You want reliable look at the Wankel!

You obviously never owned a Mazda....
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Strup
"Belligerent....at times...."
AFRCC SMC 10-97
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Eclipse
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Posts: 29,329

« Reply #16 on: August 14, 2018, 11:25:55 AM »

Wait, the number of moving parts is now a delimiter of an engine's reliability?

Because a blown engine has zero (moving parts), so over the years I've had some seriously reliable engines.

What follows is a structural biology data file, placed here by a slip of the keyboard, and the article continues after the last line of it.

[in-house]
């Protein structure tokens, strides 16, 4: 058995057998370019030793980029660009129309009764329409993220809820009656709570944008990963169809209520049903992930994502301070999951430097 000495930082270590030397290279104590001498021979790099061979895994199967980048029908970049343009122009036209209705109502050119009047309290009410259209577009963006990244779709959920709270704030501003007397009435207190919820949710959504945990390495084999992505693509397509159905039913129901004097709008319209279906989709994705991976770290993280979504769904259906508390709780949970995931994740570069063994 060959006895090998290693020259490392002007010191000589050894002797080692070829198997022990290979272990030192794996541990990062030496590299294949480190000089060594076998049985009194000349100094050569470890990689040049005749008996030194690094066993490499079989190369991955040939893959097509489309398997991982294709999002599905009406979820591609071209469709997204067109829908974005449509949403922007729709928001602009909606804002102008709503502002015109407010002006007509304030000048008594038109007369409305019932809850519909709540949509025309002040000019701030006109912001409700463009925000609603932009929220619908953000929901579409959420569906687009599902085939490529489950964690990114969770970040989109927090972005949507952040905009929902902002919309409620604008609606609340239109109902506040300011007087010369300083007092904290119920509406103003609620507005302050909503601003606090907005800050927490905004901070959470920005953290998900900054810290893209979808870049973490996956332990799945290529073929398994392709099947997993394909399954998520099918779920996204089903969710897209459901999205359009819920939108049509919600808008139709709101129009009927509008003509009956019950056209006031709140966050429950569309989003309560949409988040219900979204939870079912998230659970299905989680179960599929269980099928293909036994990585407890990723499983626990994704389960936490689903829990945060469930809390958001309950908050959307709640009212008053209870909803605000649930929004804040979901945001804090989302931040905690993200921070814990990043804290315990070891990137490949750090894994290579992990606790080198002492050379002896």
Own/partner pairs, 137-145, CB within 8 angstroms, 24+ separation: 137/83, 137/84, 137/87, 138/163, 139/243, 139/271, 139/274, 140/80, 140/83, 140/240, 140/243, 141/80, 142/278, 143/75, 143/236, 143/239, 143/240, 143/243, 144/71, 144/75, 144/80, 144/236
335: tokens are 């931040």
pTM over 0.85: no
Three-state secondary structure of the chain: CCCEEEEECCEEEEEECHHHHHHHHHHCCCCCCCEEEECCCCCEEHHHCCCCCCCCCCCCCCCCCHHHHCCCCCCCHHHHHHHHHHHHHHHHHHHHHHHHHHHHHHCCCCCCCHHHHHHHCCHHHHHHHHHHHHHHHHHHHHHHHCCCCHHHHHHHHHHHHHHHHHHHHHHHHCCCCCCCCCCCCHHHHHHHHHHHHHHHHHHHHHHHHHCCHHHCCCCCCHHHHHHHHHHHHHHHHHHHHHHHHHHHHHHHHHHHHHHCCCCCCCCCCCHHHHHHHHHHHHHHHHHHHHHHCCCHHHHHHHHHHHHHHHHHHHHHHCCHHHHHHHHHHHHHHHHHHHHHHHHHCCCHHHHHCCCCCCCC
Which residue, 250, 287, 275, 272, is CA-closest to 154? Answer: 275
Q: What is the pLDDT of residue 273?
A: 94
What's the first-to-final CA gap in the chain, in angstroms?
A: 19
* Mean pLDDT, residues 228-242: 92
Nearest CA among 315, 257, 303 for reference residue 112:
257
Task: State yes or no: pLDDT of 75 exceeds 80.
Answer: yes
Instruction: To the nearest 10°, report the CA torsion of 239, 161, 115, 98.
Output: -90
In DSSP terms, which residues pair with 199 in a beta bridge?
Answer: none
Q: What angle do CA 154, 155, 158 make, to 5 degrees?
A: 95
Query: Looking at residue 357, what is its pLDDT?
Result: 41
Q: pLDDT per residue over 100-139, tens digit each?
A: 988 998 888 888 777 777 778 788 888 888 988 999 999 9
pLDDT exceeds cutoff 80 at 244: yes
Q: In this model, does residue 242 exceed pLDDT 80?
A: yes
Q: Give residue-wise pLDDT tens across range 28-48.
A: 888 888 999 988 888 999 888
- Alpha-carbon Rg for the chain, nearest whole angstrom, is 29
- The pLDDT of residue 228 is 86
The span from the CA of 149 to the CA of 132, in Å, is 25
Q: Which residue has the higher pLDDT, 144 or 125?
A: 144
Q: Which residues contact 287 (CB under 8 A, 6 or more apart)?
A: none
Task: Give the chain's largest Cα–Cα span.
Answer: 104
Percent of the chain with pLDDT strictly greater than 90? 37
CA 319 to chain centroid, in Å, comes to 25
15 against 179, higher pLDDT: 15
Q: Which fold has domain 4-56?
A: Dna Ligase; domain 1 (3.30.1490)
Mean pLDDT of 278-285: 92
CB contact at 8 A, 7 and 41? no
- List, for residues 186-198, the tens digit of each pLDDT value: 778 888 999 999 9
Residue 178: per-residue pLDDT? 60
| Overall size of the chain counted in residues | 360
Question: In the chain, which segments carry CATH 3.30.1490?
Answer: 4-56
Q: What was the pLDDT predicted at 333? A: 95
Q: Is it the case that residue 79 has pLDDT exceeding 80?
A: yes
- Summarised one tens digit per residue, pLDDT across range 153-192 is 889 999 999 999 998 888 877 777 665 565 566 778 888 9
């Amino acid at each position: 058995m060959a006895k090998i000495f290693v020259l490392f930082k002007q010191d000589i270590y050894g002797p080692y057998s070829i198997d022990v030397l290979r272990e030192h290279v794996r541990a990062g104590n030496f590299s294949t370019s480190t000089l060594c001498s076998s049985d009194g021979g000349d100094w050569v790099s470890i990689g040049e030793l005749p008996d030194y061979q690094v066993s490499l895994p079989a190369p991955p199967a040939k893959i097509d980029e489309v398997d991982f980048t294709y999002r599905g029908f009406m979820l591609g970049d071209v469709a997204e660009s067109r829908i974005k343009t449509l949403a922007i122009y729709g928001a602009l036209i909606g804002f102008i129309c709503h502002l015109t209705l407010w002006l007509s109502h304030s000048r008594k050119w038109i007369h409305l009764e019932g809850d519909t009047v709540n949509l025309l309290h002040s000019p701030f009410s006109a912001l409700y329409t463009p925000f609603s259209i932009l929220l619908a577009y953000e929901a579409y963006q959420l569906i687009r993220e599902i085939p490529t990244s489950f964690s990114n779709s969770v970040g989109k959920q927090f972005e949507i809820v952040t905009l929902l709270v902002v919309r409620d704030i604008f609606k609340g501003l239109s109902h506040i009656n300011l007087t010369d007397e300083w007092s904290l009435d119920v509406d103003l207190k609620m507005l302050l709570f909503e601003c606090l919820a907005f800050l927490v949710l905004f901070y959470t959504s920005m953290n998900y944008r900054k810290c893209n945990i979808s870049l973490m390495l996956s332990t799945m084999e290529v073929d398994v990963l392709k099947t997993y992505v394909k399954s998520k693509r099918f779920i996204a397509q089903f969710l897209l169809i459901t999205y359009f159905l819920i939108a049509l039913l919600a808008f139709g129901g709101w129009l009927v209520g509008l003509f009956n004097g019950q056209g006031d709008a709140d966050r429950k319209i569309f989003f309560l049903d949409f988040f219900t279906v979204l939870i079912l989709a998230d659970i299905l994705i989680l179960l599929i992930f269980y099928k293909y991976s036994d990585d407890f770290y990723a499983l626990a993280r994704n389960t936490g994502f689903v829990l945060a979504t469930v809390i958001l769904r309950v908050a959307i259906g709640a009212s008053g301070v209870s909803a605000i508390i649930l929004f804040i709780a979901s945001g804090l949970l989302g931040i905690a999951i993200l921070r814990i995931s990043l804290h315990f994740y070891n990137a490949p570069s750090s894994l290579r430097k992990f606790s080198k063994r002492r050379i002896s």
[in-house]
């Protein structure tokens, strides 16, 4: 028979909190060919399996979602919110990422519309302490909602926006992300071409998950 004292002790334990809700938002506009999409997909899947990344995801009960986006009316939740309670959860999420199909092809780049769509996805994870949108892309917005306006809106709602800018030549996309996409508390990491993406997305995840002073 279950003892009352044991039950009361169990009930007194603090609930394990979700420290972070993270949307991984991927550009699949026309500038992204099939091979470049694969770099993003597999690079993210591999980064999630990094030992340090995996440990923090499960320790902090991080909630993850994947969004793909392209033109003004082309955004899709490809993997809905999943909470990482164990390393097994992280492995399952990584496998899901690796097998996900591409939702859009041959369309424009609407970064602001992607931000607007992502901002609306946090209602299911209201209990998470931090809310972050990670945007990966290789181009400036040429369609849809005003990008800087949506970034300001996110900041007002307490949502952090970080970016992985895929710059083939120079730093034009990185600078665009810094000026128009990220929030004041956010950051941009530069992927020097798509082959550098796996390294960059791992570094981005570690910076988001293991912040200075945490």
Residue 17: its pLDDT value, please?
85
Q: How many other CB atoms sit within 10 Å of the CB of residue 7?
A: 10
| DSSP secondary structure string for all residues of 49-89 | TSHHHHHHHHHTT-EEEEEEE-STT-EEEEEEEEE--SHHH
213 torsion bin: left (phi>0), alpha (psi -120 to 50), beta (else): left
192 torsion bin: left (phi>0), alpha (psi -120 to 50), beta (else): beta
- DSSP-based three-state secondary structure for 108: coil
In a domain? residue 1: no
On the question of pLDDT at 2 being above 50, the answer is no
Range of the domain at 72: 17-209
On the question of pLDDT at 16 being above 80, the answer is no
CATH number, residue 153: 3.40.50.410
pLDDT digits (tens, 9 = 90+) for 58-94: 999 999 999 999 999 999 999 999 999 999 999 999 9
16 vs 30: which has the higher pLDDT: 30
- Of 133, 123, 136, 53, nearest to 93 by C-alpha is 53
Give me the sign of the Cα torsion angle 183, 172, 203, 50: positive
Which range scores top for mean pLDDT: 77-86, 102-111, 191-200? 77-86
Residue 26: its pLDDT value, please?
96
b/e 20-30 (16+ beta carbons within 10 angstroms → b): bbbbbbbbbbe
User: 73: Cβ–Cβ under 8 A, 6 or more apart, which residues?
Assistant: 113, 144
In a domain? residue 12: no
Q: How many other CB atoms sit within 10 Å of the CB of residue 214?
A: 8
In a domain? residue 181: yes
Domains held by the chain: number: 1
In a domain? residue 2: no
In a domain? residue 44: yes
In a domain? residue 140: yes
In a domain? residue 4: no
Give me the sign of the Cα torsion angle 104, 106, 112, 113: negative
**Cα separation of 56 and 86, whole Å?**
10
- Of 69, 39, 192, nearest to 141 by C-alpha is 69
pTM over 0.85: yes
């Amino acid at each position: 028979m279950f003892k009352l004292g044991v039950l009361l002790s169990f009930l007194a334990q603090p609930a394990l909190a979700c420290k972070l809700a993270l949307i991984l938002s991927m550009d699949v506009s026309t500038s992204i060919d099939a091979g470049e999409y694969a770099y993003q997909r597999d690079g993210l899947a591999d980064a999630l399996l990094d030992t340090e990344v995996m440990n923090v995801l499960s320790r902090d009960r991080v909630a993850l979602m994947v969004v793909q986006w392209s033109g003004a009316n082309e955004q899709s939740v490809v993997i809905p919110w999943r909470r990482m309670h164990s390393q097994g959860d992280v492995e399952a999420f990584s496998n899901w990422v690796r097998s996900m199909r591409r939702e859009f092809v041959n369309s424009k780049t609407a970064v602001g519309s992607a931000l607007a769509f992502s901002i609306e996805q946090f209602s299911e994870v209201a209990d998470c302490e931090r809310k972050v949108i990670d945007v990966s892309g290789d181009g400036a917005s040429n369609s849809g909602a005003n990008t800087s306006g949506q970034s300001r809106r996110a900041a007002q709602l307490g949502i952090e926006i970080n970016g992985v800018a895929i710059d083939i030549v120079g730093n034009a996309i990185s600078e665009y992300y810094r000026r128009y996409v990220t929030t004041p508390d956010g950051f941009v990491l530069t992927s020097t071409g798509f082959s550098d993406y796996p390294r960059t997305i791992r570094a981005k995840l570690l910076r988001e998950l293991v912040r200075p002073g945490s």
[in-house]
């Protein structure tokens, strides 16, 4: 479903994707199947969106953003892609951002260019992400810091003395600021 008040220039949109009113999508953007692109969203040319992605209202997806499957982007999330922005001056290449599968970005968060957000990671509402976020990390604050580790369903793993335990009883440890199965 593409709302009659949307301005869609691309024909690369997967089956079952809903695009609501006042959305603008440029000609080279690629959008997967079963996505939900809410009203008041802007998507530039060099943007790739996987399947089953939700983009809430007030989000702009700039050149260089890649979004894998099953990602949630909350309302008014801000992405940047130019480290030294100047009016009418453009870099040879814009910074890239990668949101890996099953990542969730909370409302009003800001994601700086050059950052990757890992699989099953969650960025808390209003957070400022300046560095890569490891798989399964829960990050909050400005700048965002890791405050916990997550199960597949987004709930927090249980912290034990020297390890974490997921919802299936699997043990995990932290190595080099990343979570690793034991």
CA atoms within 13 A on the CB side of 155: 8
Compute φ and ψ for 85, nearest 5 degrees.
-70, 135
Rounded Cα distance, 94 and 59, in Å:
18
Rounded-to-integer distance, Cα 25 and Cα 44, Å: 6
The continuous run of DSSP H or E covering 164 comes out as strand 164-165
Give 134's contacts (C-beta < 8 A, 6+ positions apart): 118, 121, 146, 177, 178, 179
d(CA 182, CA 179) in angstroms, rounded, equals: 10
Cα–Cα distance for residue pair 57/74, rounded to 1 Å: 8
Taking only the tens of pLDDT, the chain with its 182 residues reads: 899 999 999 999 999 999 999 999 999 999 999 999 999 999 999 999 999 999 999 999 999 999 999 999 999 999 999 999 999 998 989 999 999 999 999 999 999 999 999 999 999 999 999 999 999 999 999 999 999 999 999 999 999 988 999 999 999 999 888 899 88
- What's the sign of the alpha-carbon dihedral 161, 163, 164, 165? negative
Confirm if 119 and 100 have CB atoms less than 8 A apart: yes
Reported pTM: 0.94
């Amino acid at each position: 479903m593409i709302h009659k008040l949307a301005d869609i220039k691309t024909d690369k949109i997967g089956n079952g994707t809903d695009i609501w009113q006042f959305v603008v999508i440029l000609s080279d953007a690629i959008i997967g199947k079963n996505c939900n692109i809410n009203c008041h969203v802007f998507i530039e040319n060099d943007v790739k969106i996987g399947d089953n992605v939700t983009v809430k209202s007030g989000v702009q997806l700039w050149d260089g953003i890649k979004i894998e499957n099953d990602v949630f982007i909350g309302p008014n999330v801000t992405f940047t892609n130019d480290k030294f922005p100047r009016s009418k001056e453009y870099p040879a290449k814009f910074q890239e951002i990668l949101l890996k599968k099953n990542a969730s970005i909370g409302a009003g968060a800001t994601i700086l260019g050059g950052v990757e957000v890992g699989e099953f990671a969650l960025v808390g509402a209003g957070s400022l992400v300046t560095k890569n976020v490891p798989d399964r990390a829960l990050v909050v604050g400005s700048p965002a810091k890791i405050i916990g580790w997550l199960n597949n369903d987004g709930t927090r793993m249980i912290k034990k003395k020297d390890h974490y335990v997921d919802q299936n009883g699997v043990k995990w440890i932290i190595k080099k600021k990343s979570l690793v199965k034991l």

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PHall
Salty & Seasoned Contributor

Posts: 6,349

« Reply #17 on: August 14, 2018, 12:02:42 PM »

Wankel's are no more reliable or unreliable then any other internal combustion engine.
They have moving parts and they need to be maintained.

And the design used by Mazda didn't help their rep either.
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SarDragon
Global Moderator

Posts: 10,502
Unit: NAVAIRPAC

« Reply #18 on: August 14, 2018, 02:46:07 PM »

An-n-n-nd, I think we're done here.
Buh, bye.
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Dave Bowles
Maj, CAP
AT1, USN Retired
Mitchell Award (unnumbered)
C/WO, CAP, Ret